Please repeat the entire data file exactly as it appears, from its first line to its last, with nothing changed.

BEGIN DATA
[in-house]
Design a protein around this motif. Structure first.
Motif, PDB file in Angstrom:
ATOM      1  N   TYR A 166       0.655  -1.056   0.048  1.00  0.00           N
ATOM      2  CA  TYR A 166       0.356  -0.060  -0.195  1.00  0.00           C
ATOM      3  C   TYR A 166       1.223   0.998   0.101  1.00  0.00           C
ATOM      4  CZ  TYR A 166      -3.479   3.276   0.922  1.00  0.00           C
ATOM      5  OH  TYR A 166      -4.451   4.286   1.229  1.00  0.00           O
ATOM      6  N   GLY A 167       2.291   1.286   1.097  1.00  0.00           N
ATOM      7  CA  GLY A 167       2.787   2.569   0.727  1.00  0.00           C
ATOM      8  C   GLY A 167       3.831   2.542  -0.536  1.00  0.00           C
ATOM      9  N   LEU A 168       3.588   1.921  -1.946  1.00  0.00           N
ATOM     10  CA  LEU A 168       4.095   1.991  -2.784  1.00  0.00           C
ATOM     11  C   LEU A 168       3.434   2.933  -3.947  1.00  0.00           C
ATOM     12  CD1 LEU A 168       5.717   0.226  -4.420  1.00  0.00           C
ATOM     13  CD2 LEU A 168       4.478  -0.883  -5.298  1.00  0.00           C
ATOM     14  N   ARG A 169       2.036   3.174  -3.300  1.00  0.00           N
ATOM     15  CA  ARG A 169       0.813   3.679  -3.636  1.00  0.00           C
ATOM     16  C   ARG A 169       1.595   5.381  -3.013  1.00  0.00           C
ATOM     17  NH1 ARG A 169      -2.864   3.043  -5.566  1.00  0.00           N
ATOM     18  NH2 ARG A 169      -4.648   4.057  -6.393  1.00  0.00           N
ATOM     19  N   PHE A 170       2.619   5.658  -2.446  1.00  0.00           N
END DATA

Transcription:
[in-house]
Design a protein around this motif. Structure first.
Motif, PDB file in Angstrom:
ATOM      1  N   TYR A 166       0.655  -1.056   0.048  1.00  0.00           N
ATOM      2  CA  TYR A 166       0.356  -0.060  -0.195  1.00  0.00           C
ATOM      3  C   TYR A 166       1.223   0.998   0.101  1.00  0.00           C
ATOM      4  CZ  TYR A 166      -3.479   3.276   0.922  1.00  0.00           C
ATOM      5  OH  TYR A 166      -4.451   4.286   1.229  1.00  0.00           O
ATOM      6  N   GLY A 167       2.291   1.286   1.097  1.00  0.00           N
ATOM      7  CA  GLY A 167       2.787   2.569   0.727  1.00  0.00           C
ATOM      8  C   GLY A 167       3.831   2.542  -0.536  1.00  0.00           C
ATOM      9  N   LEU A 168       3.588   1.921  -1.946  1.00  0.00           N
ATOM     10  CA  LEU A 168       4.095   1.991  -2.784  1.00  0.00           C
ATOM     11  C   LEU A 168       3.434   2.933  -3.947  1.00  0.00           C
ATOM     12  CD1 LEU A 168       5.717   0.226  -4.420  1.00  0.00           C
ATOM     13  CD2 LEU A 168       4.478  -0.883  -5.298  1.00  0.00           C
ATOM     14  N   ARG A 169       2.036   3.174  -3.300  1.00  0.00           N
ATOM     15  CA  ARG A 169       0.813   3.679  -3.636  1.00  0.00           C
ATOM     16  C   ARG A 169       1.595   5.381  -3.013  1.00  0.00           C
ATOM     17  NH1 ARG A 169      -2.864   3.043  -5.566  1.00  0.00           N
ATOM     18  NH2 ARG A 169      -4.648   4.057  -6.393  1.00  0.00           N
ATOM     19  N   PHE A 170       2.619   5.658  -2.446  1.00  0.00           N